Written by Ron Kitching and received 14 April 2010.
This short story has been available to read at the Tennant Creek (Brisbane) reunions for previous years. Ron was writing a book of memories and offered these short stories. A very enjoyable and memorable read.
We, (Glindemann and Kitching Enterprises), did our first drilling in Tennant Creek about 1954-55 for National Lead. Dick Ellett was the Geologist in Charge.
We drilled the little anomaly that later became the Juno Gold mine. We missed the target and Dick made the remark that if it was that small National Lead was not interested in it.
We later did a hole for the Bureau of Mineral Resources O/AC Peko Wallsend. Then for years we drilled for Australian Development.
We later got lumbered with the contract to drill out the Warrego Gold mine. A few Tennant Creek stories follow about that episode.
RICH GOLD STRIKE AT WARREGO:
I told a previous story about how we got landed with the Underground Warrego diamond core drilling contract. It was a tough job for all of the reasons I explained in that story.
The object of the detailed core drilling is to delineate the extent of the ore horizons in great detail, so that the mine planners can plan the removal of the rich ore without leaving any un-mined. And also, to ensure that the barren wall rock is limited to a minimum to ensure contamination does not adversely affect the economics of the operation.
There is a plat on every level of the mine. And the plat is where the cage or bucket stops to deliver or pickup personnel and equipment. Our final responsibility was to deliver the core to the plat where it would be loaded into the bucket when there was room, and the plat man would take it to the surface. There it was picked up from the plat by a company worker and delivered to the geologists who had a core shed not far away. There, with a diamond saw, they sawed the core in half, sent half for assay and stored the rest. The detailed assays are recorded on section and it is from this information that the final plan of the mine stopes and the mine itself, can be made by the geologists, engineers and metallurgists working on the project. Also detailed projections can be made with regard to profitability. All going well, good work realises fascinatingly accurate projections with regard to the size and grade of the ore body, and hence, planned production and profitability.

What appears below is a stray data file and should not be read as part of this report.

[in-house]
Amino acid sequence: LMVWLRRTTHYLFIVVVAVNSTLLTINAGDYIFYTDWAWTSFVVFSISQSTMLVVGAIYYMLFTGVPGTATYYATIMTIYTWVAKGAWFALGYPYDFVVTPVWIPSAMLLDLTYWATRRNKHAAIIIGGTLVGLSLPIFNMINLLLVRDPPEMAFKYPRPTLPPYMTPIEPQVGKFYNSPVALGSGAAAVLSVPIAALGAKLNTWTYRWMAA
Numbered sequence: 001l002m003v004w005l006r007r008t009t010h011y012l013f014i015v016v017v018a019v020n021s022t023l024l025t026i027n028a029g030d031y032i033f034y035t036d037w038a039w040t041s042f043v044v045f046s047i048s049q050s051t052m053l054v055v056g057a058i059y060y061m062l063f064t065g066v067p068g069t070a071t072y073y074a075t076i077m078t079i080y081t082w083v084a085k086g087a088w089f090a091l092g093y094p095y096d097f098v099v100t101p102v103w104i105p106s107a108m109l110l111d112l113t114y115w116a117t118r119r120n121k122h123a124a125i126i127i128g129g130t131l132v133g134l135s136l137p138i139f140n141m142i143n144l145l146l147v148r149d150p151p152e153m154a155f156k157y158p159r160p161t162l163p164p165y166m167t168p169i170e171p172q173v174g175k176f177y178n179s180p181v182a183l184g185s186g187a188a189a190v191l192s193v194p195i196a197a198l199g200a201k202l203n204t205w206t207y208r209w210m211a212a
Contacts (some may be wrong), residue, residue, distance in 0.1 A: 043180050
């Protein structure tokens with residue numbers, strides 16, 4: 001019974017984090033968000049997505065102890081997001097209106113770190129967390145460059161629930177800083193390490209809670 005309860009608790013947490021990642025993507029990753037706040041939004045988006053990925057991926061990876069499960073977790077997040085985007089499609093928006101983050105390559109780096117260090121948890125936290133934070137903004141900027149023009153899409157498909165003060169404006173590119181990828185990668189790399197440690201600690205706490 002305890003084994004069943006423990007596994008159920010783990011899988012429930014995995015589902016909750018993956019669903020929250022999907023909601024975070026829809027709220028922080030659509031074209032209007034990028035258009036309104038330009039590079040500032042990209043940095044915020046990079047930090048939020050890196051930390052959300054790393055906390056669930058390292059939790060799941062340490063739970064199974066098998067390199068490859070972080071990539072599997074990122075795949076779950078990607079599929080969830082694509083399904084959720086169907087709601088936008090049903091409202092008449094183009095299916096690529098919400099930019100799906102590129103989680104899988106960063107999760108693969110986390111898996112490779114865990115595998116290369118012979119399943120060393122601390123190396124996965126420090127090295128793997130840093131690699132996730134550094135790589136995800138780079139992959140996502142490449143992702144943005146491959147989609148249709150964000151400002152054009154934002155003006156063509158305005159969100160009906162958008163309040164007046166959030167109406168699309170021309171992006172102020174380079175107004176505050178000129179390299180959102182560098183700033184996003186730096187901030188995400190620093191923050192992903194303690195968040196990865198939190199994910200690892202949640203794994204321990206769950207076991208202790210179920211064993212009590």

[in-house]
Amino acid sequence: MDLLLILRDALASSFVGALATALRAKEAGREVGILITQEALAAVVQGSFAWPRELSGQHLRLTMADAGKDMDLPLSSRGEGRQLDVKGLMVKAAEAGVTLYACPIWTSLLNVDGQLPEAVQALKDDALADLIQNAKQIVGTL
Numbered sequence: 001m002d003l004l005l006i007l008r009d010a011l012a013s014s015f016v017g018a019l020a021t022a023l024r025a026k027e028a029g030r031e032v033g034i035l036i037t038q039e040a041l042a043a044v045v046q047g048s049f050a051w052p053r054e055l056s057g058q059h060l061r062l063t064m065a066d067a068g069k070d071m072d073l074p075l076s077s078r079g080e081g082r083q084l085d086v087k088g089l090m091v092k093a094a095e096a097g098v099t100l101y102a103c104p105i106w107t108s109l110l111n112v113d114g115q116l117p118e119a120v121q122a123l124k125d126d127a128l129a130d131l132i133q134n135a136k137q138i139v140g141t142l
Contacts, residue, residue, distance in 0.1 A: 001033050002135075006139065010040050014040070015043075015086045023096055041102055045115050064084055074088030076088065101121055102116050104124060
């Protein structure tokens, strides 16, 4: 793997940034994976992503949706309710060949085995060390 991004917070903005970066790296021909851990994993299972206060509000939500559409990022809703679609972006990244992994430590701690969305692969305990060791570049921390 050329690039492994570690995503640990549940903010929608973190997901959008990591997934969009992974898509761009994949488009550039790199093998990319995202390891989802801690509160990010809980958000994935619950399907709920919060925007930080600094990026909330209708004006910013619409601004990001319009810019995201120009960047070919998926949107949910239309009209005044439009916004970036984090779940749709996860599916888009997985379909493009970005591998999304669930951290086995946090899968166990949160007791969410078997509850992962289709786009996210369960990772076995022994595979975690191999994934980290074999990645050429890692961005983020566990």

One particular morning my foreman, Don Stevenson told me that the drillers on 10 level had not delivered the core to the plat as it was loaded with rich gold. They were afraid other underground workers may pilfer the extremely rich core.
So I hopped into the bucket at first opportunity and traveled to 10 level where the discovery had been made. By this time we had four boxes full of core that was an absolutely amazing sight. Very heavy visible gold all of the way. One piece was about 5 inches long had a solid gold bar, about half an inch thick cork-screwed around its entire length.
I had the drillers help me take the boxes to the plat where I waited for the bucket. After a long wait I took the core to the surface. I put the boxes into our workshop near the plat and locked the door. I then informed the geologists, Grieve Brown and John Goulivich that we had hit heavy gold on 10 level. Goulivich laughed uproariously and said, “Yes, yes, Ron, and I suppose it is a yellow colour is it?” I replied, “As a matter of fact it is”. More laughter from the geologists. They thought that what we have encountered was a rich section of chalcopyrite, (rich copper sulphide ore). Apparently drillers were not supposed to know the difference between gold and chalcopyrite. Gentlemen geologists, they were, accustomed to finishing work at 4pm; they then motored back to town without as much as a glance at the core.
I then went and got Mine Manager Ken Foots and Mine Superintendent Brian Speechly. I took the boxes out of the shed, opened them and ran a wet paintbrush over the core so that they could plainly see the gold in the fast fading daylight. They were both amazed, as initial surface exploration drilling had not revealed anything like this.